Master of Arts (MA)
Geography and Anthropology
In the Maya area, archaeological excavations have yielded an abundance of skeletal material from a multitude of sites throughout Belize, Guatemala, Mexico, El Salvador and Honduras. In 1979, a series of excavations led by Heather McKillop at Moho Cay, Belize, revealed a number of human interments. This thesis analyzes the Moho Cay skeletal collection composed of remains from eight discrete Late Classic (A.D. 600-800) burials and nine other archaeological units. Skeletal and dental analysis of the remains included assessing minimum number of individuals per burial and establishing age and sex for each individual. The bones were also examined for signs of skeletal and dental pathology, as well as cultural modifications. Additionally, this thesis includes chi-square analysis of the occurrence of dental pathology and level of attrition as related to tooth class. As pathologies of the skeleton are direct reflections of the individual’s diet and health, the findings of this analysis present a picture of the health and diet of the Moho Cay community. Overall, this study has found that the Moho Cay Maya had moderate dental health and good overall health since few cases of skeletal pathology were observed. The results of this research do not corroborate the hypotheses of Late Classic decline in public health.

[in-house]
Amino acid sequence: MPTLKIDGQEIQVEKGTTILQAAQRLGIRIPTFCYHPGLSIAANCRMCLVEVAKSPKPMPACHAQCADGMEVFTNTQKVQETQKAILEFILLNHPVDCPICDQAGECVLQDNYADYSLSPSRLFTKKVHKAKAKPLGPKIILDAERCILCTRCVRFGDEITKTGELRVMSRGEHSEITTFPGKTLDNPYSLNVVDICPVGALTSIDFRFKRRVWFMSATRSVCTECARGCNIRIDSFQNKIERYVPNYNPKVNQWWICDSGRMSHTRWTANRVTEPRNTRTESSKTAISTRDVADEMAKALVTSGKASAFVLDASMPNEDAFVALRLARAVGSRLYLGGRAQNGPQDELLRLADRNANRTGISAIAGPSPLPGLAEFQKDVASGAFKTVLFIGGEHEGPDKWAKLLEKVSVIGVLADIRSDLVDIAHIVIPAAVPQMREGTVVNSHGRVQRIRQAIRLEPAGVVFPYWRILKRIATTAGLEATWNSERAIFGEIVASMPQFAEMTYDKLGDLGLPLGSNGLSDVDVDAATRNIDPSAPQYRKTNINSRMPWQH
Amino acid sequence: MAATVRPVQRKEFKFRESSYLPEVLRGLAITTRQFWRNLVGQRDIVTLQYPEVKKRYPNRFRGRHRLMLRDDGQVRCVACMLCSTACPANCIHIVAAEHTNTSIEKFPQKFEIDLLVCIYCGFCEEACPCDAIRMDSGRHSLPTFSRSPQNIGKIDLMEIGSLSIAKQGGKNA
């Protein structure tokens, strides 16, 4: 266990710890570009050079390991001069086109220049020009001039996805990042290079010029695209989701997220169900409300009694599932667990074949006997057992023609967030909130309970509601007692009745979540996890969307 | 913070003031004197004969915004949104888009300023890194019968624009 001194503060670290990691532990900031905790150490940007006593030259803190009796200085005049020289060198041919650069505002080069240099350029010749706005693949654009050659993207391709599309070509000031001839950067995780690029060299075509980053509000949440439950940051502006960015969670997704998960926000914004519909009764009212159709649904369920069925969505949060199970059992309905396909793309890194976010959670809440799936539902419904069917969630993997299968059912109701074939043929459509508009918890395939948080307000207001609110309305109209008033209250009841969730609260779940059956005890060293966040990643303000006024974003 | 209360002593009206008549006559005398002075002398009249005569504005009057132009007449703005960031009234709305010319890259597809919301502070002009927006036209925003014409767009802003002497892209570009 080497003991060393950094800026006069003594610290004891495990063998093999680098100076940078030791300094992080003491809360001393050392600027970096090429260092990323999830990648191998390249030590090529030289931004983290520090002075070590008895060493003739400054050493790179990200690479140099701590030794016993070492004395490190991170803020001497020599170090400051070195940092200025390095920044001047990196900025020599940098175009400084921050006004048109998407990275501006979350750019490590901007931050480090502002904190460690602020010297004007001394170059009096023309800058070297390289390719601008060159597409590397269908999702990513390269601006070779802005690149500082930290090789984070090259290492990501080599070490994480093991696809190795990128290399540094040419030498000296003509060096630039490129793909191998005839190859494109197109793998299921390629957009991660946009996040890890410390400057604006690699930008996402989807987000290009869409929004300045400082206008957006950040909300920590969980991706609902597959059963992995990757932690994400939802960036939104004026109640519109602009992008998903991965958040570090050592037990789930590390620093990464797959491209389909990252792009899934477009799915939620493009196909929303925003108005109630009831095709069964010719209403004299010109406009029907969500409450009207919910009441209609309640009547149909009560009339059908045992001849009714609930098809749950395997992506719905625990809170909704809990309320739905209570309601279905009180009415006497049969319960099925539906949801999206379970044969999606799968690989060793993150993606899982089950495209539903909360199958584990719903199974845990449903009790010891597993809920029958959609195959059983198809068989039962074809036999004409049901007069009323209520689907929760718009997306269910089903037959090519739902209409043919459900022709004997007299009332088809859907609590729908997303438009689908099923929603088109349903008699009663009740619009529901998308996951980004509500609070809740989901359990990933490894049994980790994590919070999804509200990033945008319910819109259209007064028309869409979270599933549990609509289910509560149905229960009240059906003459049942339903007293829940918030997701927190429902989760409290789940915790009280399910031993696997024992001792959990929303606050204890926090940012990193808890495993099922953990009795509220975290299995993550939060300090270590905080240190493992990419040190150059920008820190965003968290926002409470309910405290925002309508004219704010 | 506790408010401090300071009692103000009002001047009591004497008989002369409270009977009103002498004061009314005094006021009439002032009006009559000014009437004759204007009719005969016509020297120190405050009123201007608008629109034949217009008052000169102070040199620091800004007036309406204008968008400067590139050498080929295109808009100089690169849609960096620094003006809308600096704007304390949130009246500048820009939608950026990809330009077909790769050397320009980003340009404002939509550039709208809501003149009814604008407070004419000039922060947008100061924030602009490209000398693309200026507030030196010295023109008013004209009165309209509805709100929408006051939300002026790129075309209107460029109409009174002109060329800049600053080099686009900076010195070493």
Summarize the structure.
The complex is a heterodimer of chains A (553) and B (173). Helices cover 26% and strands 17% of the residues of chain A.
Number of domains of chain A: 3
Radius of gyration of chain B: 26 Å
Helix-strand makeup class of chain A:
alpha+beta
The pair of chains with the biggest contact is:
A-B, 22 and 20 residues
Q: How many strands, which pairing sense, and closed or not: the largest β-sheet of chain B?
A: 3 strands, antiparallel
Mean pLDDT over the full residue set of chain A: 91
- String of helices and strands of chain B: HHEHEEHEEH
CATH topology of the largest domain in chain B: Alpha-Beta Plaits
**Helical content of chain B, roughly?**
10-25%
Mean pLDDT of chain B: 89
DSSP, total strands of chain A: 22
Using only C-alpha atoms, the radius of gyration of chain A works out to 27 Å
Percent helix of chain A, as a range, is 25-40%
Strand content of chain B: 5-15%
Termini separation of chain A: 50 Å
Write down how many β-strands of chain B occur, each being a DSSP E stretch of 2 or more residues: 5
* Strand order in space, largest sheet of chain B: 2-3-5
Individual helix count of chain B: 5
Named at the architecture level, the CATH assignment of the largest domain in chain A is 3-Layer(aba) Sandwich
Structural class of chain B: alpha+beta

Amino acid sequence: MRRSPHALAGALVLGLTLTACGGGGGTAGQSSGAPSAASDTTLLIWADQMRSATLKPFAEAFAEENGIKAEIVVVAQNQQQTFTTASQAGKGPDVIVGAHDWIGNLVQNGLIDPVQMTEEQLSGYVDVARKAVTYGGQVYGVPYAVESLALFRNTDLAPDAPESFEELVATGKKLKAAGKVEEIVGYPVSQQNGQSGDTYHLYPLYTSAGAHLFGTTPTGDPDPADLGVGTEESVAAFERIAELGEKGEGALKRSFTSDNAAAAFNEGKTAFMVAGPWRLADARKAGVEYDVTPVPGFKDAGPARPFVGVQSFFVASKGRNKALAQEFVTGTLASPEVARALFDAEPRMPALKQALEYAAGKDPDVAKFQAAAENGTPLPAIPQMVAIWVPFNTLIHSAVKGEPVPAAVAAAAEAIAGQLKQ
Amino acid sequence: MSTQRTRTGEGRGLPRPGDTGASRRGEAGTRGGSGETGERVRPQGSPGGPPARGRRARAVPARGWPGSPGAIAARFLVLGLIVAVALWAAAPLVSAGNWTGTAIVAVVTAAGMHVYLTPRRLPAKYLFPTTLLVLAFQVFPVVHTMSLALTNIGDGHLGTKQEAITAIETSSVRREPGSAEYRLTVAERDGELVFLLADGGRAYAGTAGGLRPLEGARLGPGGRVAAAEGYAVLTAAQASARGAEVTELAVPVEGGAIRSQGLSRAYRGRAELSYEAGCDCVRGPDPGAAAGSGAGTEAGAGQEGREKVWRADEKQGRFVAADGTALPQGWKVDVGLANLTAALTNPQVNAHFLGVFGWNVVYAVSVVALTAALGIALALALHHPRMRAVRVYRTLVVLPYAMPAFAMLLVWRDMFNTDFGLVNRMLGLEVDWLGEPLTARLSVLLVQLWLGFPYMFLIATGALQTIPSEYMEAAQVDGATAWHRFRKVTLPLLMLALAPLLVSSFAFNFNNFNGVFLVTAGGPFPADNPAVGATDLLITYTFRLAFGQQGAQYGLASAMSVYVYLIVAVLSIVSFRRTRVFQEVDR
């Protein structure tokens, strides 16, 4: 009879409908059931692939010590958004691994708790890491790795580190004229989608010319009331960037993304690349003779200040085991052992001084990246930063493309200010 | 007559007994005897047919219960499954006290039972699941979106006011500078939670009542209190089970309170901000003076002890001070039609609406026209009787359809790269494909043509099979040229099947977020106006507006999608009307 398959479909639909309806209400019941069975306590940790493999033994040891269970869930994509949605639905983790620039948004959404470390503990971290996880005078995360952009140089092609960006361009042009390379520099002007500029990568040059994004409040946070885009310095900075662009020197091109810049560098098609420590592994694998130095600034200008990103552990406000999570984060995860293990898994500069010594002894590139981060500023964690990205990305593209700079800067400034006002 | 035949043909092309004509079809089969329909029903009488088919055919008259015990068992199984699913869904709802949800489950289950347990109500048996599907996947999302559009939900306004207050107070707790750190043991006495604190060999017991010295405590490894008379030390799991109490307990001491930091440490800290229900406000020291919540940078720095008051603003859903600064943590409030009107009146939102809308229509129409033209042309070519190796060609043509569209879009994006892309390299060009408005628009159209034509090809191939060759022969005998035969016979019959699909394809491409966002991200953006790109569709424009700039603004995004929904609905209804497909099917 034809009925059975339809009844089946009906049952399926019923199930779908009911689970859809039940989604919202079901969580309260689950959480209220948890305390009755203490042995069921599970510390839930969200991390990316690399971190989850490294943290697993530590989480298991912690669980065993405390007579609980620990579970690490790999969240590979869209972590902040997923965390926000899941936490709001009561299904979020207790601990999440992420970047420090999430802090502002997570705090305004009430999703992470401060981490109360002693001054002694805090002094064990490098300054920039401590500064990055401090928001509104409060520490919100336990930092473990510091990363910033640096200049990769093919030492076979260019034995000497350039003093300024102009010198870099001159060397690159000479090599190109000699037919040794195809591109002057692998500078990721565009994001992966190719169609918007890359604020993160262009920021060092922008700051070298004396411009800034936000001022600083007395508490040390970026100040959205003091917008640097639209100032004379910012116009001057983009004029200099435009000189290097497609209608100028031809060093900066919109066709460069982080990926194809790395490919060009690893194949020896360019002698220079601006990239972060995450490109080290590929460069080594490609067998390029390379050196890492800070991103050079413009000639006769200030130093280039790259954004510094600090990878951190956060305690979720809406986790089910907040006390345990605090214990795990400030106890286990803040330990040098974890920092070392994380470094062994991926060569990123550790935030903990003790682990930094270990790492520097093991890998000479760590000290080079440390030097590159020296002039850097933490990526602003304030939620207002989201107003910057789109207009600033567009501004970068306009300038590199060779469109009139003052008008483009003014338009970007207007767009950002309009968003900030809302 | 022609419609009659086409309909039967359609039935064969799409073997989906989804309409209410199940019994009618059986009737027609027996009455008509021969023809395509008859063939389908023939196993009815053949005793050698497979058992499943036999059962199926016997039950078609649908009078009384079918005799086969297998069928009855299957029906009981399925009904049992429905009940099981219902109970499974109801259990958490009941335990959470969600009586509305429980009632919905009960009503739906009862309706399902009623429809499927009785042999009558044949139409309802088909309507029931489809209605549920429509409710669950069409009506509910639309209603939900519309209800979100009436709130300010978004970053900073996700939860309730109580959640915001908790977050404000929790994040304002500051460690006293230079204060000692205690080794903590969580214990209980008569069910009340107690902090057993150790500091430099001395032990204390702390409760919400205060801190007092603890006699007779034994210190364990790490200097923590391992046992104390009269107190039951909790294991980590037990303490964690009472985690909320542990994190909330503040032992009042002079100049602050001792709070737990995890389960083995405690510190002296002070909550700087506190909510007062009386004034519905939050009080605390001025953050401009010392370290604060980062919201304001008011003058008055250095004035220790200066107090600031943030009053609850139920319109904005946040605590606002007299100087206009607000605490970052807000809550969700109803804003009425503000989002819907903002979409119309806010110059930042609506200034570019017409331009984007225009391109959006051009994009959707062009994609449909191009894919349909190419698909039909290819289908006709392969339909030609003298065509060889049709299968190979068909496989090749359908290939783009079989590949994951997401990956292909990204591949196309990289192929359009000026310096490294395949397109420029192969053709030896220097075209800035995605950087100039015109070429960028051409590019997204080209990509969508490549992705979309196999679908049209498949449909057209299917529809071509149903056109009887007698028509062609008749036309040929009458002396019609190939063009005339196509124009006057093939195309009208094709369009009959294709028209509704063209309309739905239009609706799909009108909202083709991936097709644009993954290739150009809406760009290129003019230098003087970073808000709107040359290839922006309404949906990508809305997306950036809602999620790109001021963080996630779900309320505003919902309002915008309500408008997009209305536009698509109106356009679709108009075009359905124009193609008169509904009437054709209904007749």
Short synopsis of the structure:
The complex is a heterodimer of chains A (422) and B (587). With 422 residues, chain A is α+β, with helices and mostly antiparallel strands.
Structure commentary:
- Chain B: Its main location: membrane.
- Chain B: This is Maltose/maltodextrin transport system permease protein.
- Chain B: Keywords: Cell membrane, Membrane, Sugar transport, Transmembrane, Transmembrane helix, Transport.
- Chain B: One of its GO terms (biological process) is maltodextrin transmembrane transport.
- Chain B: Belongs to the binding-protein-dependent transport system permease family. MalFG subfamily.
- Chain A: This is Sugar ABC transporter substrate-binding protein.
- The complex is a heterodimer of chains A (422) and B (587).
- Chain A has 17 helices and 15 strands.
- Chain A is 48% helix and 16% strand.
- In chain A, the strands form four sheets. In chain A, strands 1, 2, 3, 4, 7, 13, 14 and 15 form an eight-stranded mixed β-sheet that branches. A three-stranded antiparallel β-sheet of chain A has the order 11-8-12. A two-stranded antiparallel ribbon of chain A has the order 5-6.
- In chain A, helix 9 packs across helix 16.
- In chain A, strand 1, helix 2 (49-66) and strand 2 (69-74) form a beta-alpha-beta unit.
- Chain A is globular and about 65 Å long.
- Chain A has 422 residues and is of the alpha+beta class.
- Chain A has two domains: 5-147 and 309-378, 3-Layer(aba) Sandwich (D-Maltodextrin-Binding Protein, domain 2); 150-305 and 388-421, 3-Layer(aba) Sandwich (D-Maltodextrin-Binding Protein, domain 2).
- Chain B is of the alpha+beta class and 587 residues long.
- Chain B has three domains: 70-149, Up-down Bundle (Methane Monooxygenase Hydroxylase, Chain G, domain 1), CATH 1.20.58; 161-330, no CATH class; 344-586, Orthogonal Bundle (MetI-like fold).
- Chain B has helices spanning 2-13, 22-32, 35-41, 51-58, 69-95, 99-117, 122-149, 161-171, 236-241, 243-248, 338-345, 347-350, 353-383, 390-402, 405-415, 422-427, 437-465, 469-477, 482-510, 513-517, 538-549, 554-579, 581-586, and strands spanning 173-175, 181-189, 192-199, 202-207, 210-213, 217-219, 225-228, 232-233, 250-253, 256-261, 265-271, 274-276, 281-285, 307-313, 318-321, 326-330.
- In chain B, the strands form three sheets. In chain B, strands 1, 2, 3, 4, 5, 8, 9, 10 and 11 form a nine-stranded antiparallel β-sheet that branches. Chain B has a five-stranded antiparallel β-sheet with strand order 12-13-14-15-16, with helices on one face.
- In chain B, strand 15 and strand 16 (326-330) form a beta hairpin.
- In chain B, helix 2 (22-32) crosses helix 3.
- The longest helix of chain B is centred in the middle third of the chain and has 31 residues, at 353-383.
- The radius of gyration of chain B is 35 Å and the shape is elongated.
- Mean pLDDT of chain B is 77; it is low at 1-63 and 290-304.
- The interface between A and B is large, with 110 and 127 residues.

Document Availability at the Time of Submission
Release the entire work immediately for access worldwide.
Lund, Erin Suzanne, "An anthropological examination of classic Maya burials from Moho Cay, Belize: skeletal and dental evidence of demography, diet and health" (2003). LSU Master's Theses. 1480.